So, you fancy a change of career, always loved driving and think that becoming a Driving Instructor would be the perfect job for you? But where do you go from here? How do you go about training to become an ADI?
In the first instance, you will need to be over 21 and have a full clean driving license for 3 or more years. You will also need a DBS check, having a criminal record won’t necessarily prevent you from becoming an ADI, however, be prepared to be refused entry to the register if you do.
There are three elements to the training: –
Part 1 The Theory and Hazard perception test
Part 2 The driving ability test
Part 3 The Instructional ability test
Becoming an ADI is not a walk in the park, some large driving schools make promises about how long it will take for you to pass with them, the immense support you get and that you will be earning money in months and everything you have invested in your training will be money well spent and you will see a return on it within a matter of weeks. But like any other job and training you must show commitment, you must be prepared to read and study hard and you must take the time to go out with other instructors to train on the job. A huge commitment if you are also working alongside it whilst you train.
Having made the decision to train as an ADI you will now begin your research into whether to train with a large national driving school or a local independent driving school. Part of your decision will of course be based on cost and this can vary enormously, can you afford a one-off payment, or will it be more financially viable to pay a monthly / quarterly amount. What does the cost include, do you have to pay extra for your tests etc.? All these are certainly important factors but once you have narrowed your choices down how do you pick a national school over and local independent? Consider what is important to you. It’s well known that some of the bigger boys are less caring and understanding when it comes to ensuring the well fair and the importance of work / life balance of their staff and certainly working with a smaller, local driver training school will definitely make you feel more part of a team and less ‘alone’. They probably meet up more regularly and offer a close mentorship for trainee driving instructors. This is a huge plus point as it gives the opportunity to voice any concerns you have and get advice on tap regularly on issues that you may be struggling with. If you do decide to train with an independent, then make sure they are well established. It’s much more likely that the independent schools will offer you additional training that you will need, or certainly point you in the right direction for support in setting up as self-employed, buying the right car, admin support etc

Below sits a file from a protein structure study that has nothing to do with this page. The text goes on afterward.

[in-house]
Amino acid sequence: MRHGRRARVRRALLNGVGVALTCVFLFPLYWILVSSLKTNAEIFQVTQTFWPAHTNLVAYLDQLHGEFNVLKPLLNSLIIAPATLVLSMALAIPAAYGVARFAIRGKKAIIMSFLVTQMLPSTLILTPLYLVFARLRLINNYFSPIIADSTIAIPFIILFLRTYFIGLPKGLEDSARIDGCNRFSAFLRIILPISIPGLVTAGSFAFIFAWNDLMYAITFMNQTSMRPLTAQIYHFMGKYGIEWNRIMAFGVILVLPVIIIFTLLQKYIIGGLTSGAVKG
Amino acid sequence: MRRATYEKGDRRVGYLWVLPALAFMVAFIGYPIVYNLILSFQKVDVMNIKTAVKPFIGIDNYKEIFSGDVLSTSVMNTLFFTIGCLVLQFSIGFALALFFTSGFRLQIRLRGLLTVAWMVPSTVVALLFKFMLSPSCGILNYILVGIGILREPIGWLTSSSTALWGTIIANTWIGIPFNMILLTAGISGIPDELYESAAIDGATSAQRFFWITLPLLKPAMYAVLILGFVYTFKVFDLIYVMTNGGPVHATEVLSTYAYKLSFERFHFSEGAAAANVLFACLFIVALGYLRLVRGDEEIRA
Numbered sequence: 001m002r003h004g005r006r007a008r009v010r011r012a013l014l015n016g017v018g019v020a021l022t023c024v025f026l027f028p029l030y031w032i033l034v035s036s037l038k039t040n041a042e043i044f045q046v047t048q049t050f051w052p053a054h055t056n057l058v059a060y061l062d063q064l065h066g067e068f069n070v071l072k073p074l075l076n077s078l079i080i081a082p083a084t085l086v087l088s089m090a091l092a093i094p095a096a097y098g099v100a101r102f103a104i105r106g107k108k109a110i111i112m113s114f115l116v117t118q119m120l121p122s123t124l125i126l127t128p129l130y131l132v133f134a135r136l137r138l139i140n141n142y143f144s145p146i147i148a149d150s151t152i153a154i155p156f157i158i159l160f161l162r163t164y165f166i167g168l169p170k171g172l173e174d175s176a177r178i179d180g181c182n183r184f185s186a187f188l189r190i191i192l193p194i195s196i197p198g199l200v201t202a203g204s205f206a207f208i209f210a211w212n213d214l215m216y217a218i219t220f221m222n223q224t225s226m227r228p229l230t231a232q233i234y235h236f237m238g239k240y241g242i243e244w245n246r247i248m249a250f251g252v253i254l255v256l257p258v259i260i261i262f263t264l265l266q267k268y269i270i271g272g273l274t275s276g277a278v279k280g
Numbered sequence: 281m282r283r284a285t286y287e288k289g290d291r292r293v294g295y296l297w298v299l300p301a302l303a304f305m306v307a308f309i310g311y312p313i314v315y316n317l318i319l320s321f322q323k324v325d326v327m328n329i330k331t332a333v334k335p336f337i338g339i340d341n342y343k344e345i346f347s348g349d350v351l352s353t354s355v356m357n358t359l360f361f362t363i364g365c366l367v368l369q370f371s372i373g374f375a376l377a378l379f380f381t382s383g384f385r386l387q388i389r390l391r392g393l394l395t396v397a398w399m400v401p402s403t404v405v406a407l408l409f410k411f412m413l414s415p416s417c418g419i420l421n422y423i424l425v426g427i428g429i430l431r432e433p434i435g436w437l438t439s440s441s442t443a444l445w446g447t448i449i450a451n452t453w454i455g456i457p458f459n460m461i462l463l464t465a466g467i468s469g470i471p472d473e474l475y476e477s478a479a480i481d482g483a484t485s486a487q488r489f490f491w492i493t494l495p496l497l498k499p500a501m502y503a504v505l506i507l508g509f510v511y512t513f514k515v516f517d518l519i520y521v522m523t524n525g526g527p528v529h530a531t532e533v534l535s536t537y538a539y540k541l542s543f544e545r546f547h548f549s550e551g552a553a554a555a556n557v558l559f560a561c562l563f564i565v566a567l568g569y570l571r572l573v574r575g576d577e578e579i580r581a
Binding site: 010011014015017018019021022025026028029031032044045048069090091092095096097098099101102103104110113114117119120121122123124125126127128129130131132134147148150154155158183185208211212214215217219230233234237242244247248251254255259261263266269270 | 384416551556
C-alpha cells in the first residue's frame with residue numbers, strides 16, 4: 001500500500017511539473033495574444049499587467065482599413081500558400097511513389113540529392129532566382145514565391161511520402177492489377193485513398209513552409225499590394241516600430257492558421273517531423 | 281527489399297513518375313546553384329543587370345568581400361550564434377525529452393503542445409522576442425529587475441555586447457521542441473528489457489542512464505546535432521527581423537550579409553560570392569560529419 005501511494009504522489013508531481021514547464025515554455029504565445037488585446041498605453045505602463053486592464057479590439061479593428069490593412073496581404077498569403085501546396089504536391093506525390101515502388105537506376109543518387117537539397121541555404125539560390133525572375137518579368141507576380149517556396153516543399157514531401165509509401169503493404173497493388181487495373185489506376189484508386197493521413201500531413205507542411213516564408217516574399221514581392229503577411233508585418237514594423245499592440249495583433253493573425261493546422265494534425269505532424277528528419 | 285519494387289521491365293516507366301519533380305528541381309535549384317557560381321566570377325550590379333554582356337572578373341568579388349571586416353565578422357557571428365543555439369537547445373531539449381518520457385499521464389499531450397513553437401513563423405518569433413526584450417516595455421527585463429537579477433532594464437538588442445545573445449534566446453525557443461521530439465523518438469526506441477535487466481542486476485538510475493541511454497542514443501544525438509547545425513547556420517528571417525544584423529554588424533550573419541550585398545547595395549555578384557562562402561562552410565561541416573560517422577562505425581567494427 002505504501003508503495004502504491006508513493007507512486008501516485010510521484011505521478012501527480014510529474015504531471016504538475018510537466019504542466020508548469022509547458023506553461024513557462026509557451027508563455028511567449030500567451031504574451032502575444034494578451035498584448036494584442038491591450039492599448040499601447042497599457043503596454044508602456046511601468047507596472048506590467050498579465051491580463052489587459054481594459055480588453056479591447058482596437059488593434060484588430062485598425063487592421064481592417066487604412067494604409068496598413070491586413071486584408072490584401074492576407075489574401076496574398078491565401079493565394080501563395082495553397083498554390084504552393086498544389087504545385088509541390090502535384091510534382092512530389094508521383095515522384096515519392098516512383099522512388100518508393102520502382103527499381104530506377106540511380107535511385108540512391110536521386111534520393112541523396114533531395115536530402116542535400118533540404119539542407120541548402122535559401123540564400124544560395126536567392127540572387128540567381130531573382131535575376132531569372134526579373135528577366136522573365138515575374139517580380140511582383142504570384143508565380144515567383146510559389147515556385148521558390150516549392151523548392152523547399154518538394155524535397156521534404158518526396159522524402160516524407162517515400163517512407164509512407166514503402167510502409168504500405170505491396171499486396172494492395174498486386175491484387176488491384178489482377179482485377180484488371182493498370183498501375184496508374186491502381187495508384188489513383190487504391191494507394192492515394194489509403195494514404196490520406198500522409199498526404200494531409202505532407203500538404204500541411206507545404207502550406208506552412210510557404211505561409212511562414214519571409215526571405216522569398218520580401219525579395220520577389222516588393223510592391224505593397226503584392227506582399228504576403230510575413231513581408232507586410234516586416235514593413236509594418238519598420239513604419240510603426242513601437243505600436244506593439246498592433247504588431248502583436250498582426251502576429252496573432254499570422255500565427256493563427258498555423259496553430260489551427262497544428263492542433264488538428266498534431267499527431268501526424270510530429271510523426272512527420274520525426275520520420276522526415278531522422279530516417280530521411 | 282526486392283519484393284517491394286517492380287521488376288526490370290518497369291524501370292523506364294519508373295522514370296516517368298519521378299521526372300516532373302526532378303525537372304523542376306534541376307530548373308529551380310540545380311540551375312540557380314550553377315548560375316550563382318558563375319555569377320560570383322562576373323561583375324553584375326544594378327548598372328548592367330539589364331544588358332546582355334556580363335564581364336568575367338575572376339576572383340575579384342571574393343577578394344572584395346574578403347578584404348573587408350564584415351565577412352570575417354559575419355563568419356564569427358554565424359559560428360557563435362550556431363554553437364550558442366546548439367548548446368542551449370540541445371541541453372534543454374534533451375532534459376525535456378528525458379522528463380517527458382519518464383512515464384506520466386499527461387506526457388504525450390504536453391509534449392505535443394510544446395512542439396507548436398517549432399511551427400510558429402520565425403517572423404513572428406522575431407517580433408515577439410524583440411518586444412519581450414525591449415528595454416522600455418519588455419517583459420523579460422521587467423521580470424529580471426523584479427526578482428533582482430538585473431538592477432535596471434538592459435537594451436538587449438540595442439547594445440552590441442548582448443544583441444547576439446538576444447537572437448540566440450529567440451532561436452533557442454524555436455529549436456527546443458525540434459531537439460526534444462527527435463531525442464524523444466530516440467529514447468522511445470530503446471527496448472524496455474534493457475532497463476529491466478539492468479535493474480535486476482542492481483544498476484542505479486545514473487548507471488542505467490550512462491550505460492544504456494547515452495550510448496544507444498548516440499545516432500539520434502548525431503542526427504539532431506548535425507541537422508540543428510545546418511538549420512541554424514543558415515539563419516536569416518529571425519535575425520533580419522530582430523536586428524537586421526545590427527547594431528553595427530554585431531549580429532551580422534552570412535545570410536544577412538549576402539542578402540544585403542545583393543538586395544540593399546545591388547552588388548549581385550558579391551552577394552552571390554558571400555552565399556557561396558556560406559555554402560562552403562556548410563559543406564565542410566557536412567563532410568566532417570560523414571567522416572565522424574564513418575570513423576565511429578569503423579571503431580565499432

As in any industry the quality of training is all down to the person (s) doing the training, but with an independent school you are more likely to have one person that you build up a rapport with and who is rooting for you to pass and doesn’t see you in terms of pound signs. They will also be more realistic about your earning potential once qualified, more realistic about how hard it is to become an instructor without the right support and more honest about the pitfalls of driver training, not every pupil is lovely and polite and easy to teach!
So has this made you more interested in becoming an instructor? Do you want to train with a supportive, caring driving school that will look after you and make sure that you get the best training possible? Contact us today and let’s get you on the road to success!